“Most of the time, the pattern fell apart by tournament day,” he said. “But we almost always were able to find something else that worked as well, and it was always in the same general area where we initially found them. For example fish might have been on a channel swing and relating to a steep bluff, but then move to an adjacent shallow flat. We just had to look around until we found them again.” So, the tip in this case is one that everybody has heard before:  “Don’t leave fish to go find fish.” The fish were still in the area, but for some reason had moved to a different location in the same general area.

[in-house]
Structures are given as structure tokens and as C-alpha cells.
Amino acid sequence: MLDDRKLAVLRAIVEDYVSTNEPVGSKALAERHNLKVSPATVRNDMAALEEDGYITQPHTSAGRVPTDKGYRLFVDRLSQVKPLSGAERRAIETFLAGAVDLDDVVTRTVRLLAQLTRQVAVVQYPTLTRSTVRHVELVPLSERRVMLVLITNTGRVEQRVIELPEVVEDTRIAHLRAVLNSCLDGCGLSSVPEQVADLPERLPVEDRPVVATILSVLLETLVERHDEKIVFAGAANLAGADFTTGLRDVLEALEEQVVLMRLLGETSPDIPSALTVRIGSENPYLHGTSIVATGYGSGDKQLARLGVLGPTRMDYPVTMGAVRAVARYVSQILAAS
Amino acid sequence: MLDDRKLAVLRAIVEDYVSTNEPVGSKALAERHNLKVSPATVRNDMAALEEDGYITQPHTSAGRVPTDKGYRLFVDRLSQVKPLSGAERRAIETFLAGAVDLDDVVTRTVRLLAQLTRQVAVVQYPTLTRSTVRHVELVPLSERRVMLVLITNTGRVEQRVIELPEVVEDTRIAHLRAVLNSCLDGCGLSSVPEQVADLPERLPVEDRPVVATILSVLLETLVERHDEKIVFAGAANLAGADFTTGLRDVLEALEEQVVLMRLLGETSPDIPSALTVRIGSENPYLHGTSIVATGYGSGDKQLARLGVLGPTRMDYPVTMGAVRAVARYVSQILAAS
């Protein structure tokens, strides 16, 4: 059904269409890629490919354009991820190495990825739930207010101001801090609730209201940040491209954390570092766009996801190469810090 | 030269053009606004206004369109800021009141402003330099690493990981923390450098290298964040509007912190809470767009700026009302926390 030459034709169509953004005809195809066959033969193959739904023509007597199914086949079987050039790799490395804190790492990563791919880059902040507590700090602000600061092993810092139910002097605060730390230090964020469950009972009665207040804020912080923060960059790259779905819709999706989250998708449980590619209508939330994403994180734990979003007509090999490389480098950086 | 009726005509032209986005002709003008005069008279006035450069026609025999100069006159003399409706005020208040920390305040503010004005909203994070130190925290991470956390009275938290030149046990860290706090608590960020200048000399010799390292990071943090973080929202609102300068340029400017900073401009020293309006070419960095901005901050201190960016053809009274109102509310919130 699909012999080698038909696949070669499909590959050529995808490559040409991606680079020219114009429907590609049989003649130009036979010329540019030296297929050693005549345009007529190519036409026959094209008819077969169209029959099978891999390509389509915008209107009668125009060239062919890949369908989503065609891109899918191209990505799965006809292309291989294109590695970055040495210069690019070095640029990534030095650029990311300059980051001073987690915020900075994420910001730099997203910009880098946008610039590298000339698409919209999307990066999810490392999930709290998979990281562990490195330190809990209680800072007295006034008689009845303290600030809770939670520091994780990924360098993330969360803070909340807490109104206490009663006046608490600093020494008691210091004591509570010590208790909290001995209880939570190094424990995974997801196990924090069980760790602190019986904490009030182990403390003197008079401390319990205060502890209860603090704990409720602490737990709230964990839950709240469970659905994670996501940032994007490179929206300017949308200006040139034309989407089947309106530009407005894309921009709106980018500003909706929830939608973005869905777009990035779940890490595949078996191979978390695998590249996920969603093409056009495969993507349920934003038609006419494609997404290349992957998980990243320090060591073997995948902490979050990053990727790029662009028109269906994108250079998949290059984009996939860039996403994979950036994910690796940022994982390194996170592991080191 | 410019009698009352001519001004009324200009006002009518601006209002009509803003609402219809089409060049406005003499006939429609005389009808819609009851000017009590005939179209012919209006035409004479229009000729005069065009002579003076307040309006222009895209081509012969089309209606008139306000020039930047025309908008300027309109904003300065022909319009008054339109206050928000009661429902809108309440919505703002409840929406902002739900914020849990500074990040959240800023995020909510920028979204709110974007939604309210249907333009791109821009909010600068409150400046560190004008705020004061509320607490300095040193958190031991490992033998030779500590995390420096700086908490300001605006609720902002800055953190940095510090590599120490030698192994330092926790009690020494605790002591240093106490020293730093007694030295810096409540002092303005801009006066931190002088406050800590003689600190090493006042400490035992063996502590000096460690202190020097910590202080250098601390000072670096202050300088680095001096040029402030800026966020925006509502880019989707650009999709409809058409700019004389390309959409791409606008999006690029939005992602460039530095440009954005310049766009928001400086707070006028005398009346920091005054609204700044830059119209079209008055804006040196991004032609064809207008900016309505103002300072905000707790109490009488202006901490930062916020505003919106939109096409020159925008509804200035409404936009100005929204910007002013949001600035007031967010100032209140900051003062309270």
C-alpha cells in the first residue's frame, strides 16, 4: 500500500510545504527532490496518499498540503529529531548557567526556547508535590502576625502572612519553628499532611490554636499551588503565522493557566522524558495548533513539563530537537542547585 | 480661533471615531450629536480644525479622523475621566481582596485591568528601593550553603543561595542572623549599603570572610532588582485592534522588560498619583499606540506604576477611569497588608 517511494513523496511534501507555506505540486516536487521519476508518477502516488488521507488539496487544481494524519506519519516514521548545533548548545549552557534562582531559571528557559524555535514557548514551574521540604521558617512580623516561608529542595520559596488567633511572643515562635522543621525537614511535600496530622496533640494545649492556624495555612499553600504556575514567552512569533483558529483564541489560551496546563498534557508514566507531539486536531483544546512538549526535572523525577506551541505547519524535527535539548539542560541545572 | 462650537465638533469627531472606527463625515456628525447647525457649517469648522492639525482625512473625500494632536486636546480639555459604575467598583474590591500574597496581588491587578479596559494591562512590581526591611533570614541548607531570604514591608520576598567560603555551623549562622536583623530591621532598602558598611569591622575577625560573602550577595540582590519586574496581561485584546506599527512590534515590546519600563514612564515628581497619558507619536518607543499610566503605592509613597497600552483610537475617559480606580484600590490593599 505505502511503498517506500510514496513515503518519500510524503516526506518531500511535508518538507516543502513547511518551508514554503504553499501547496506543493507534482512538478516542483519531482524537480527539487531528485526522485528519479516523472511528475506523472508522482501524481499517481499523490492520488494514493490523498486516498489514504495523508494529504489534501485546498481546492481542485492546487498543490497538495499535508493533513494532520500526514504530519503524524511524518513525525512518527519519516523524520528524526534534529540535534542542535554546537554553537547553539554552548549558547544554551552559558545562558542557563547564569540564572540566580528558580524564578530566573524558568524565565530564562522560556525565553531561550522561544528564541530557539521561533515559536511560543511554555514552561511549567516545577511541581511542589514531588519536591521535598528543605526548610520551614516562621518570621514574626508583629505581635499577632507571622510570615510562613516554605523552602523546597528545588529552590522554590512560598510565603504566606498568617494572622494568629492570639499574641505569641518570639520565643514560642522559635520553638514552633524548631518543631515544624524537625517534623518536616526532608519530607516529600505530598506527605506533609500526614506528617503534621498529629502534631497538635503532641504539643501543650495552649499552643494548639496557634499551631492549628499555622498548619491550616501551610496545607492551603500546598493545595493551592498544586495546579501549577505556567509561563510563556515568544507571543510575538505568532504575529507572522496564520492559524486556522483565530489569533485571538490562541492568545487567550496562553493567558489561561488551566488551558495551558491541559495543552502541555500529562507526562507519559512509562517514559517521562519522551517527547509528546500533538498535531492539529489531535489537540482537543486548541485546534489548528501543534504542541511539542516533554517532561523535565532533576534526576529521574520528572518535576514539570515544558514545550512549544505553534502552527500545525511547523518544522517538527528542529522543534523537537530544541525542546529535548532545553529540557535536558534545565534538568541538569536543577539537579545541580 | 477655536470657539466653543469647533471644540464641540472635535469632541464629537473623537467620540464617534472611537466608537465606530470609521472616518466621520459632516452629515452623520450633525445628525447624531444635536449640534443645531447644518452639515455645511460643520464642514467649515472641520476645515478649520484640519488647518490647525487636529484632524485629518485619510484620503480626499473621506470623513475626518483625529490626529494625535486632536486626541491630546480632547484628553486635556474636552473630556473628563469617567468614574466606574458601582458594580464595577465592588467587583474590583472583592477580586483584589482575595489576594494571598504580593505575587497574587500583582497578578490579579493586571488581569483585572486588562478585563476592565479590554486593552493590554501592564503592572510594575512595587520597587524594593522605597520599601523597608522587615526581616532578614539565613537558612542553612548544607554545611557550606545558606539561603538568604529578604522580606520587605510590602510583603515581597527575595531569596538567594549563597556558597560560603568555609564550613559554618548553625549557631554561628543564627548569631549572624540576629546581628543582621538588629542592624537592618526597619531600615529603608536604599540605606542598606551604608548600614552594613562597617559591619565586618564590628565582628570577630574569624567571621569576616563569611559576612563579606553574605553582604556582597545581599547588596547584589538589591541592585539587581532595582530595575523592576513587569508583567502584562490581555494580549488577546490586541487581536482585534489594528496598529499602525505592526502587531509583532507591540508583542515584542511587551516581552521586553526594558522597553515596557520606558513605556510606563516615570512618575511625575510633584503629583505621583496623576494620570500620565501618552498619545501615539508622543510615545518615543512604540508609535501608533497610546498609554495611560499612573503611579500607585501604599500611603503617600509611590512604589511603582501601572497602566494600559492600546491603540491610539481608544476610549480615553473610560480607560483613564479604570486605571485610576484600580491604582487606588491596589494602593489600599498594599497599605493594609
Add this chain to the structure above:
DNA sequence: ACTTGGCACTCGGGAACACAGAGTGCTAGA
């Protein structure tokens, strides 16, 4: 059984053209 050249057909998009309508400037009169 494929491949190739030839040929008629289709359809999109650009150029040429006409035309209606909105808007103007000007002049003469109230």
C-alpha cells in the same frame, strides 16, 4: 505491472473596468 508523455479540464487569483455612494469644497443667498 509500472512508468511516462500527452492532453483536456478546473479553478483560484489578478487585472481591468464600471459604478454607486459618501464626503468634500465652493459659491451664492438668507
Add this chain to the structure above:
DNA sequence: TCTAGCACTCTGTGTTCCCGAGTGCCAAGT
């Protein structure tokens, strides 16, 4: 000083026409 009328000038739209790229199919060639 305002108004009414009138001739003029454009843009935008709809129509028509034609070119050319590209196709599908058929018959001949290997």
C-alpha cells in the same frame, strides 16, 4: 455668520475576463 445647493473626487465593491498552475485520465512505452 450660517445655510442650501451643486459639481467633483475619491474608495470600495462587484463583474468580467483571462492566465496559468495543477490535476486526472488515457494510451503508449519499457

Another tip I was able to garner from Green was and I quote: “Don’t forget, the wind is your friend,” he said. “Always, always, always chase the wind.” This seems to hold true even when the wind is a brisk north wind in the early spring. I know the old axiom is to fish protected coves that are sheltered from the wind and while I do subscribe to that theory, there will almost always be a few fish on the windy banks actively feeding if you can stand to hold the boat in position and not let the chill get to you.